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City now has certified water plant personnel

More than four years ago, Jennifer Donohue began working toward one goal – to become Ironton’s first licensed water filtration plant operator.

Thursday, October 26, 2000

More than four years ago, Jennifer Donohue began working toward one goal – to become Ironton’s first licensed water filtration plant operator.

She met that goal earlier this month.

The Ironton water superintendent now has an Environmental Protection Agency class four license, the highest attainable rating for such licenses.

"It’s been a long process to get the class four license," Mrs. Donohue said. "The EPA now recognizes me as the certified operator of this plant and I am now qualified to sign off on the monthly test reports we are required to submit to them. I am the first to run this plant and have a class four."

Mrs. Donohue was hired in March 1996 to supervise the plant, but EPA requirements mandate potential candidates to hold a supervising position before they issue a license, she said.

"Each plant is rated depending on several factors such as the source of water and population," she said. "This plant is classified as a class four plant and whoever is the ‘responsible-charge’ operator has to have a class four license.

"To get that license, it requires two years of supervisory experience with a class three or four plant, so I had to wait two years before I could receive the certification. Following the wait, I had to fill out an application and wait for approval."

During the two-year wait, the city was required to obtain a certified operator who was recognized by the EPA to oversee Mrs. Donohue’s operation, Mayor Bob Cleary said.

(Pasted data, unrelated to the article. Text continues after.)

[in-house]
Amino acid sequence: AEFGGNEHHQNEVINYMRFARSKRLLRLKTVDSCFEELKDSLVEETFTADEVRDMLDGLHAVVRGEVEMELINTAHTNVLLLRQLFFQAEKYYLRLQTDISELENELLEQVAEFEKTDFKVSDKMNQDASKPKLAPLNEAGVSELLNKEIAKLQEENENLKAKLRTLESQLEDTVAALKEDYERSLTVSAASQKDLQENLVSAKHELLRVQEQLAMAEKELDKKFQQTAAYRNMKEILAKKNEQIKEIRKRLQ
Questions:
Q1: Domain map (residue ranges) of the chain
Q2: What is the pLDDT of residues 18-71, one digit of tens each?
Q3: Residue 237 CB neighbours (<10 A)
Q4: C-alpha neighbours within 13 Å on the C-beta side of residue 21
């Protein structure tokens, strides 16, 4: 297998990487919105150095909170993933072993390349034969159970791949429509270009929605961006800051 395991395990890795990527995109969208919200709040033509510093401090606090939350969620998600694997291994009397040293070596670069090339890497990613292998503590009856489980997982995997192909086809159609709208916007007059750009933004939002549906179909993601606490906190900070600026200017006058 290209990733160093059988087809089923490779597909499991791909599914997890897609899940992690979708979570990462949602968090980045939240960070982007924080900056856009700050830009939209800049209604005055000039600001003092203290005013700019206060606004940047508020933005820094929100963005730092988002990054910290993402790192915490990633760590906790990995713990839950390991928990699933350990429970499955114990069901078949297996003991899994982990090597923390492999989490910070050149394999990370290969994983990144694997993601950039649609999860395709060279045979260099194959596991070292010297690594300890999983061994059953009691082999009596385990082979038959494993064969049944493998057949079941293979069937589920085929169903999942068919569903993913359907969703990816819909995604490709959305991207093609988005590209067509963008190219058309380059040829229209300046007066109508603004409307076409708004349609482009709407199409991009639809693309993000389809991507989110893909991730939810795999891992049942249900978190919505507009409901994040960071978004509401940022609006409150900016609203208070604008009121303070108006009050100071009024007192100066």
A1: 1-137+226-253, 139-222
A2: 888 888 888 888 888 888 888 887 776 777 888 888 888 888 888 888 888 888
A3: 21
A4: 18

"The city had to hire and pay Sam Sutherland from the Portsmouth water plant $600 a week to coordinate with Jennifer in overseeing our facility," Cleary said. "Her new certification has been a long time getting here. The additional money we had to pay Sam has been an added burden to the water department."

Cleary said the contract Sutherland operated under paid him $31,000 per year to finalize all reports that needed to be sent to the EPA on a monthly basis.

"We will now be able to terminate that contract and free up that money," he said. "The city water has been in total compliance with EPA regulations ever since she’s been overseeing the plant. She’s had a tremendous responsibility keeping the plant within the constantly-changing guidelines, and we’re real excited she has made this achievement."

And, the new certification will mean a small pay raise for Mrs. Donohue, Cleary added.

"There are not that many class four operators in Ohio," he said. "She will receive a raise of approximately $4,300 because of her qualifications. The city’s water has been in good hands since Jennifer has been on board."